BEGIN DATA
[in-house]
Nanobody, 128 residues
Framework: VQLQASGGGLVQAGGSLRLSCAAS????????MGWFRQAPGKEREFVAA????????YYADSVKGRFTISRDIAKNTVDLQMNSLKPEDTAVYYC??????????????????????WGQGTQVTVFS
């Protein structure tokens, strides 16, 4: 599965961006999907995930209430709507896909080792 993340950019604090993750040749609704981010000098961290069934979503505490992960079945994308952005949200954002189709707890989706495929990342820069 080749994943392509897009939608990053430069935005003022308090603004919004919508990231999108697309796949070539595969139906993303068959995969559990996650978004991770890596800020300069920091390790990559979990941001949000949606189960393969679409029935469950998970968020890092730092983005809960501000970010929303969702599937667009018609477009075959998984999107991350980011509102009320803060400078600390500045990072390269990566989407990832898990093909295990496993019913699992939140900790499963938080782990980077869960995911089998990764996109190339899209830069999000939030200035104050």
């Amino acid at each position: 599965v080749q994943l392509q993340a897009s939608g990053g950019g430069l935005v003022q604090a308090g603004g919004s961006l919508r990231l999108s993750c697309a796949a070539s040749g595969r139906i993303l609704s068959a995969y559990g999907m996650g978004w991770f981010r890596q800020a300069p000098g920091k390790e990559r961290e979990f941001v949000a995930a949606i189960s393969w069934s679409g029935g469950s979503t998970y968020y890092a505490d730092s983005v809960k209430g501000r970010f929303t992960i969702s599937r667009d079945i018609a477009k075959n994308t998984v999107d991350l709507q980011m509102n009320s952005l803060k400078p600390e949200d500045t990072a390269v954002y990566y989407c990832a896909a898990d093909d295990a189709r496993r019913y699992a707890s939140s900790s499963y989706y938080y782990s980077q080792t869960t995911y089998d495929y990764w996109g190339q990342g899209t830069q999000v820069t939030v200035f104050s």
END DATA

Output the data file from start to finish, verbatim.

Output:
[in-house]
Nanobody, 128 residues
Framework: VQLQASGGGLVQAGGSLRLSCAAS????????MGWFRQAPGKEREFVAA????????YYADSVKGRFTISRDIAKNTVDLQMNSLKPEDTAVYYC??????????????????????WGQGTQVTVFS
């Protein structure tokens, strides 16, 4: 599965961006999907995930209430709507896909080792 993340950019604090993750040749609704981010000098961290069934979503505490992960079945994308952005949200954002189709707890989706495929990342820069 080749994943392509897009939608990053430069935005003022308090603004919004919508990231999108697309796949070539595969139906993303068959995969559990996650978004991770890596800020300069920091390790990559979990941001949000949606189960393969679409029935469950998970968020890092730092983005809960501000970010929303969702599937667009018609477009075959998984999107991350980011509102009320803060400078600390500045990072390269990566989407990832898990093909295990496993019913699992939140900790499963938080782990980077869960995911089998990764996109190339899209830069999000939030200035104050």
């Amino acid at each position: 599965v080749q994943l392509q993340a897009s939608g990053g950019g430069l935005v003022q604090a308090g603004g919004s961006l919508r990231l999108s993750c697309a796949a070539s040749g595969r139906i993303l609704s068959a995969y559990g999907m996650g978004w991770f981010r890596q800020a300069p000098g920091k390790e990559r961290e979990f941001v949000a995930a949606i189960s393969w069934s679409g029935g469950s979503t998970y968020y890092a505490d730092s983005v809960k209430g501000r970010f929303t992960i969702s599937r667009d079945i018609a477009k075959n994308t998984v999107d991350l709507q980011m509102n009320s952005l803060k400078p600390e949200d500045t990072a390269v954002y990566y989407c990832a896909a898990d093909d295990a189709r496993r019913y699992a707890s939140s900790s499963y989706y938080y782990s980077q080792t869960t995911y089998d495929y990764w996109g190339q990342g899209t830069q999000v820069t939030v200035f104050s």